Egg Rolls & Slippers

My wife, Sharalee, and I had returned from a weekend in Portland in time to watch the SuperBowl. Just us, our pull-out couch and a Costco sized box of eggrolls.  Sharalee became physically ill, partly due the quantity and quality of food that we inhaled and partly because the New England Patriots had just beat the Philadelphia Eagles to win the game. We loved Donovan McNabb and his kind smile. Projecting that she would be making multiple trips to the lavatory throughout the night (not sure if there is a more polite way to say that), she chose to sleep in the living room and I made the noble sacrifice of going to bed in our room. I am a very good husband.

At 3 am her sleep was interrupted when she heard strange noises from the kitchen. Sounded like the blinds were rattling. Curious. Could it be a mouse? Or maybe it was the Germans in our basement? Yes, we had Germans living in our basement. They were students, not spies. Sharalee got up and rounded the corner into our kitchen and stood in the entry way. What was she looking at? As her eyes un-blurred she realized it was a man in a black toque (stocking caps, hats, beanies or toboggans for you American readers. In Canada, a toboggan is a sled. When will we ever learn to see eye to eye?) AND he was half way through our kitchen window, folded over our sink. Yikes.

Have you ever have one of those dreams where you were so scared that you were paralyzed with fear and couldn’t run or scream? That had been my wife’s greatest worry.  It is no longer a concern. She screamed so loud and at such a high pitch that throughout our neighbourhood, dogs’ heads simply exploded. Assuming my wife was hemorrhaging eggrolls from her eyeballs, I sprang into action instantaneously. From 0-60 in .02 seconds. From a party snack induced coma to stumbling out of the bedroom, I kicked off the entangled bedsheets and bellowed, “WHAT IS HAPPENEEEENG?'

I know what you are all thinking, "What were you wearing Cliff?"  Though I find your curiosity slightly disquieting, it is a reasonable question and I will answer it. I had directed a play the year previous and one of my cast members, while not in the scene, would spend her time knitting slippers. Being appreciative of my fine leadership and because I threatened to cut her from the play if she didn’t, she made me a pair. Also, my feet are often cold due to long toes and poor circulation… you get it.  

So, as Sharalee screamed, I came to the rescue wearing my finest pair of tattered skivvies and bright green, hand knit, slippers. Back to the action:


Then Sharalee, still at a pitch and decibel likened to a BANSHEE (mythological Irish demon) replied, “SOMEONE is breaking into our house!”


"Kitchen Window!"

I proceeded to run down our CARPETED hallway towards our kitchen with LAMINATE flooring (insert significance of the hand knit slippers here). As my right foot hit the floor, my right foot slid across the floor, then departed the floor, followed by my left foot, both legs, butt, back, until my whole body was floating through the air and then violently returned the earth, sliding and squealing along and through the kitchen table and chairs. Bowling for furniture. I did not feel a thing. Examining my body the next day it took me a few moments to figure out the A to my Q, “Why are there bruises on my ribs and back?”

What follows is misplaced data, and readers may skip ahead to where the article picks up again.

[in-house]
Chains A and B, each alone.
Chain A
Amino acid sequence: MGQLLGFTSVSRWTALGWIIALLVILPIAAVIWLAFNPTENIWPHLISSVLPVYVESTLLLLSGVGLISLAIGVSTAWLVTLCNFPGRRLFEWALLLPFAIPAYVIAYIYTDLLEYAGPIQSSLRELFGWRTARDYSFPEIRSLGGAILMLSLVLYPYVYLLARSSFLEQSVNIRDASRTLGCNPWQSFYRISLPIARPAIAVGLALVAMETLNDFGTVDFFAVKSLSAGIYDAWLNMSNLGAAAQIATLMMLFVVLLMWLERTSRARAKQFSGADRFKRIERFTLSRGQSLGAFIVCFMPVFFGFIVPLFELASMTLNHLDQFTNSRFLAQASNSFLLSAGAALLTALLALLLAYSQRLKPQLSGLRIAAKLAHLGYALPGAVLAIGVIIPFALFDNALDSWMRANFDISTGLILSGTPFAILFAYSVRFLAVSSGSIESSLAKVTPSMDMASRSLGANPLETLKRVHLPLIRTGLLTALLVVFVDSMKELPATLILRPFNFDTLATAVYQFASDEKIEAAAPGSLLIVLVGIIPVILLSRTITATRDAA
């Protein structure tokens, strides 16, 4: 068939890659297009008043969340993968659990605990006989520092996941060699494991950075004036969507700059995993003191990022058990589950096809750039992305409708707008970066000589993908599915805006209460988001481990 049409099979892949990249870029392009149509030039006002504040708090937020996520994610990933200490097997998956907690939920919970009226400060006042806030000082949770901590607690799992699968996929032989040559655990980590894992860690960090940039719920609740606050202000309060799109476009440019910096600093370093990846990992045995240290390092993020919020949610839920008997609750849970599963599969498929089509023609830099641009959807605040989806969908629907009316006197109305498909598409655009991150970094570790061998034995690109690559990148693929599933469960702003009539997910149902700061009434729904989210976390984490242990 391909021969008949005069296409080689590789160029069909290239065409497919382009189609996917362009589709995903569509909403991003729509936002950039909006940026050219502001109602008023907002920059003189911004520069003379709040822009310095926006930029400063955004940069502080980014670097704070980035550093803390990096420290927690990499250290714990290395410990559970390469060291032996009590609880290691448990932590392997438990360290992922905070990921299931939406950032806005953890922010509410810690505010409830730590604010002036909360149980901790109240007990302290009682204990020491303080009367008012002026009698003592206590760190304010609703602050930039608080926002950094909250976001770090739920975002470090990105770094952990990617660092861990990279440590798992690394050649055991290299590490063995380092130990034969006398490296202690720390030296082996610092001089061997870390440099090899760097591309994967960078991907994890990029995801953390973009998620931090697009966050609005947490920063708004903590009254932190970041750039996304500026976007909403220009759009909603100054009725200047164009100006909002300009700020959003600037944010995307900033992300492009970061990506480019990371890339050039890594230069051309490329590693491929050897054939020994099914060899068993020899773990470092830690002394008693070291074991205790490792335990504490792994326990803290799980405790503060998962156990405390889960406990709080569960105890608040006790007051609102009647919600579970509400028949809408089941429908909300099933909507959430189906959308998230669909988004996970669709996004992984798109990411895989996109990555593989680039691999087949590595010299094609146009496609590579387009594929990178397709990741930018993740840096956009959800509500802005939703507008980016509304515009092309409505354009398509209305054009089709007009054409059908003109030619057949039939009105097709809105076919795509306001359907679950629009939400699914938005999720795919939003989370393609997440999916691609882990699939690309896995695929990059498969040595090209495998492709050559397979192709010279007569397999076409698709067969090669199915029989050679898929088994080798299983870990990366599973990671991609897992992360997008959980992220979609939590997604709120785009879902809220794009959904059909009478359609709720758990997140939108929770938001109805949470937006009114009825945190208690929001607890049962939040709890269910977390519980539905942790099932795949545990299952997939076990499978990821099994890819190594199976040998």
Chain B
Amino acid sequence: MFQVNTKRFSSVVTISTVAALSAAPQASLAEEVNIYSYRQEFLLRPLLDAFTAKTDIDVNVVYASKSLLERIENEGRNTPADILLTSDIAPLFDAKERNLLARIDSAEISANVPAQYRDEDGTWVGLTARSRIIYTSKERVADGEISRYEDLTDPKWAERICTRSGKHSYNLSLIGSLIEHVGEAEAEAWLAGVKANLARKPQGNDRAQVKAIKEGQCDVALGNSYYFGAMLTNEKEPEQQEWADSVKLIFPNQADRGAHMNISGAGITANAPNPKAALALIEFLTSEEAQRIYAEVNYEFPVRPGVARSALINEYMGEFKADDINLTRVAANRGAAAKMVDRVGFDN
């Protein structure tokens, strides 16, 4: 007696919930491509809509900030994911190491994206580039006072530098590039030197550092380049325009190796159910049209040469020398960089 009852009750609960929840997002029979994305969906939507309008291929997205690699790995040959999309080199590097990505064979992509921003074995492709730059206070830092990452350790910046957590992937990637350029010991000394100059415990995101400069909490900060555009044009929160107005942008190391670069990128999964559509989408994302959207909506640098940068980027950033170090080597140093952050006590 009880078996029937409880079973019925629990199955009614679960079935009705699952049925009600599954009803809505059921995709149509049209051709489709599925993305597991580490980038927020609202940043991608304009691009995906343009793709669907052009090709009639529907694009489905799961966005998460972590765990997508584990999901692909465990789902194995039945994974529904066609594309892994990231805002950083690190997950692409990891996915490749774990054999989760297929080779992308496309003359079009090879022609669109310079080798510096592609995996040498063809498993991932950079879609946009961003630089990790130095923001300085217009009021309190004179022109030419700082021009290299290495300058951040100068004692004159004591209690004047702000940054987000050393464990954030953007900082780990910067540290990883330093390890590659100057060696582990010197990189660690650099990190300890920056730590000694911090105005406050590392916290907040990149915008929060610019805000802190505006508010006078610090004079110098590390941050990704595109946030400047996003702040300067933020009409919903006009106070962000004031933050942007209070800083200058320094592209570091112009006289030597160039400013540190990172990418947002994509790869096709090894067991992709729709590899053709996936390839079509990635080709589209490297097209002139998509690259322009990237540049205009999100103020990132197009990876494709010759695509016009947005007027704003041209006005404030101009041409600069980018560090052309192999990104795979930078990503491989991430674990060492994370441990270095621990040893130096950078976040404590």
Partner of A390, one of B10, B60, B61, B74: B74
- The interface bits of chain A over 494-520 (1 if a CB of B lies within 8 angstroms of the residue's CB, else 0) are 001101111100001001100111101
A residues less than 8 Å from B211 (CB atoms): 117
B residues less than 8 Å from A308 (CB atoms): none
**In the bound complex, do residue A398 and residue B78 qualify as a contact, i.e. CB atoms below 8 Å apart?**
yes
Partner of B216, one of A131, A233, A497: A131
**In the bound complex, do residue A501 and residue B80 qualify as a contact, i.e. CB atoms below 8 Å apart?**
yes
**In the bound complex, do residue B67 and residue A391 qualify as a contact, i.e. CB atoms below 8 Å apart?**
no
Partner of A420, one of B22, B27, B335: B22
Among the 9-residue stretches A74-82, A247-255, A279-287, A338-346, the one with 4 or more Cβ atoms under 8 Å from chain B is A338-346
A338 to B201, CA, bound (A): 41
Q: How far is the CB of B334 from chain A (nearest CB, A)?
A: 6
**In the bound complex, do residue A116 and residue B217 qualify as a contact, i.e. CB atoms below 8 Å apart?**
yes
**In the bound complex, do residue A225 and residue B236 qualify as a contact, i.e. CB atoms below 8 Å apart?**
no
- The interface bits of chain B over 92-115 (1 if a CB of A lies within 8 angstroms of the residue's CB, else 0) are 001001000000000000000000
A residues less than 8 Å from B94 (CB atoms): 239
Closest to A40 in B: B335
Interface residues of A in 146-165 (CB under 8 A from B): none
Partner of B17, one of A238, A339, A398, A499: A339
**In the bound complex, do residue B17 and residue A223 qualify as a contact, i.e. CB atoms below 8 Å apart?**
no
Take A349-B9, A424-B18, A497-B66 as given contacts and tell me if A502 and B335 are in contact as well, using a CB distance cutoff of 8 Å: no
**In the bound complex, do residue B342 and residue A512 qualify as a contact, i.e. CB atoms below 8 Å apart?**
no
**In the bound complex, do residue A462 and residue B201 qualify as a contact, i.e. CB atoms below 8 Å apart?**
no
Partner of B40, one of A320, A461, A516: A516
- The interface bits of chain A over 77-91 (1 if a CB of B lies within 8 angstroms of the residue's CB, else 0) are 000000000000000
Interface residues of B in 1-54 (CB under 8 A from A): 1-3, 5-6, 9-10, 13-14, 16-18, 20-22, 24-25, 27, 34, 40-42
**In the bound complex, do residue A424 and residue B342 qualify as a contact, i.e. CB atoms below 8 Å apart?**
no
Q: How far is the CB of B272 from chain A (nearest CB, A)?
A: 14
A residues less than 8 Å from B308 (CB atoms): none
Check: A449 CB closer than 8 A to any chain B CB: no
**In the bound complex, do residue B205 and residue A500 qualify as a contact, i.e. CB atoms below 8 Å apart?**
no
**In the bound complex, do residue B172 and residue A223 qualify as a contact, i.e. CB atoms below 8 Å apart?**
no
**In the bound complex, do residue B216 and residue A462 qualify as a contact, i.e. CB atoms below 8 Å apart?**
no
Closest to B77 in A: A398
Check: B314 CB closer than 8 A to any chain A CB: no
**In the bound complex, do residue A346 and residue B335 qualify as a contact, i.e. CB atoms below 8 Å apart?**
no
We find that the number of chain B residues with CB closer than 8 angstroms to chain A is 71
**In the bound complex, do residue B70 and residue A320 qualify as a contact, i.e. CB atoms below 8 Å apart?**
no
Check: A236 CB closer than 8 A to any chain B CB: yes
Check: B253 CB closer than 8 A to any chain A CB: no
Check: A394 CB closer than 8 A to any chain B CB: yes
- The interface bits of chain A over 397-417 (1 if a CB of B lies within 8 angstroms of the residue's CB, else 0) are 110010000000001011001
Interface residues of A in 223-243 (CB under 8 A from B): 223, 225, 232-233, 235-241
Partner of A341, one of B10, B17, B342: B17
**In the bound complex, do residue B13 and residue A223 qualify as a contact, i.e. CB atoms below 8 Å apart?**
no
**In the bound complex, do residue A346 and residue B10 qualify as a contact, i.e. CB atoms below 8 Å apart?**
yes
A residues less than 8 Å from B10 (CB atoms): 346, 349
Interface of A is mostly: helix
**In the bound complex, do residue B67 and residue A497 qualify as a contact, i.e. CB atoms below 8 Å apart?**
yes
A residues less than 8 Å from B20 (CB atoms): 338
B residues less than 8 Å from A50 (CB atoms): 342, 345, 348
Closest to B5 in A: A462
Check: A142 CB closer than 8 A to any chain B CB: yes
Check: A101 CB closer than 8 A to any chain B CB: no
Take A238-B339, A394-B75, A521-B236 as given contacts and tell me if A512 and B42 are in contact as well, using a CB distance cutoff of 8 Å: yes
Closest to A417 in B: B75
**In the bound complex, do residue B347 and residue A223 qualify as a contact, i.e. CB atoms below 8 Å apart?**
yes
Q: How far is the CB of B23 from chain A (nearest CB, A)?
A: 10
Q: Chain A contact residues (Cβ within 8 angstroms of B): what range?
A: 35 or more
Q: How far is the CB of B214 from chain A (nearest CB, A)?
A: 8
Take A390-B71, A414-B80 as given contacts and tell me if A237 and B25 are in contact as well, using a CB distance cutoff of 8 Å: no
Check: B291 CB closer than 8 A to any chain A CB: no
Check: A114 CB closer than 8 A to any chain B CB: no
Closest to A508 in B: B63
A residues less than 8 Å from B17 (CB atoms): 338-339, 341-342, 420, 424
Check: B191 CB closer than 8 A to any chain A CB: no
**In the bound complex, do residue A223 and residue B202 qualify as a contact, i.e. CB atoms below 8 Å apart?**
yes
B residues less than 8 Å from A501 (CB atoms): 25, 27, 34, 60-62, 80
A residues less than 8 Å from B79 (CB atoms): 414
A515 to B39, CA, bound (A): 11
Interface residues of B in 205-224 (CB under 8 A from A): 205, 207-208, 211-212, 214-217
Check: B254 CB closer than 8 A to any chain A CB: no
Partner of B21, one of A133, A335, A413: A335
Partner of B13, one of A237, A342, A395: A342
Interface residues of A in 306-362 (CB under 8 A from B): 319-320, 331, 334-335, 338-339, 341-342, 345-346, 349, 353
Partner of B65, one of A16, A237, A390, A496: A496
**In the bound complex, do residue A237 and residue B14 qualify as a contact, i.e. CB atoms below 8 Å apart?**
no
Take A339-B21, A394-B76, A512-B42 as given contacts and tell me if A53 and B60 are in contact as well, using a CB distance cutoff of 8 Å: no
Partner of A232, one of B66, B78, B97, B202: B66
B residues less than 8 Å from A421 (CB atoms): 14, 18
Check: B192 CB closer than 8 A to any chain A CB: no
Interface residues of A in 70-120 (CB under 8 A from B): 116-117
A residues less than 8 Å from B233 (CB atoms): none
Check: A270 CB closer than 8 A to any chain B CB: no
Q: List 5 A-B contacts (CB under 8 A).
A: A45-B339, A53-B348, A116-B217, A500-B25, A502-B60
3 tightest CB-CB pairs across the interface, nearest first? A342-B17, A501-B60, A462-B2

From the floor I sprung to my feet and began to frantically pound the window screaming the whole time like a preteen girl at a Justin Bieber concert. Or like me at a Justin Bieber concert.

Sharalee hollered, “You’re going to break the window!”, at which point I noticed that the other side of the window was already open and there was no man to be found.

He ran away.

Sharalee had him at "Aieaghehejsjd!!"

I turned to run out the front door to give chase to the intruder, but Sharalee refused to let me exit. She said it was because she didn’t want the bad guy to gain access to our home, but I know it’s because she didn’t want the other ladies of the neighbourhood to know how hot I looked in my ginch and slippers. Made sense to me. Still does.

I suppose we were lucky. Had the dude made it into our house it could have been a totally different story. I mean, we were gone all weekend and he (probably “they” because our kitchen window would have required a boost), waited until we were clearly home to make their move (our car was in the driveway and hallway and bathroom lights were on). Scary to speculate.

The police came to investigate and ensure we were safe. The one cop recognized me from a show, “Oh hey, you’re that improv guy. I guess this isn’t that funny”. It is now, kind of. The robber, assuming he had come to rob us, didn’t steal a thing from us, but we were certainly left without peace of mind. A friend who lived just south of the border offered to bring me a gun. Uhm… could you imagine what the psycho slippered guy would have done to himself and others if he had a loaded gun in his hand as he ran down the hall? Or better yet, imagine what I would have done to him had I slid through his legs and not just the table and chairs. This is the stuff heroes are made of. I meant to say weirdos.

Instead of firearms, I slept with a hammer under my bed for a few months after that.  Anyone else ever have shockingly violent thoughts? I imagined the Police officer asking, “Did he steal anything?”  “Yes, sir... he stole my Estwing.  It’s in the back of his skull. Can you return it to me?”

We considered getting a dog, but rather installed an alarm system hoping that would ease our minds. What we learned, was that every time we armed it, it reminded us that we were vulnerable and that we had reason to fear. Maybe that is true, but I believe yielding to fear is a choice. We still get skittish from time to time, but the moment we stopped using our alarm was the beginning of us getting back to normal. That is, if you define excessive eggroll consumption and wearing green slippers to bed as normal.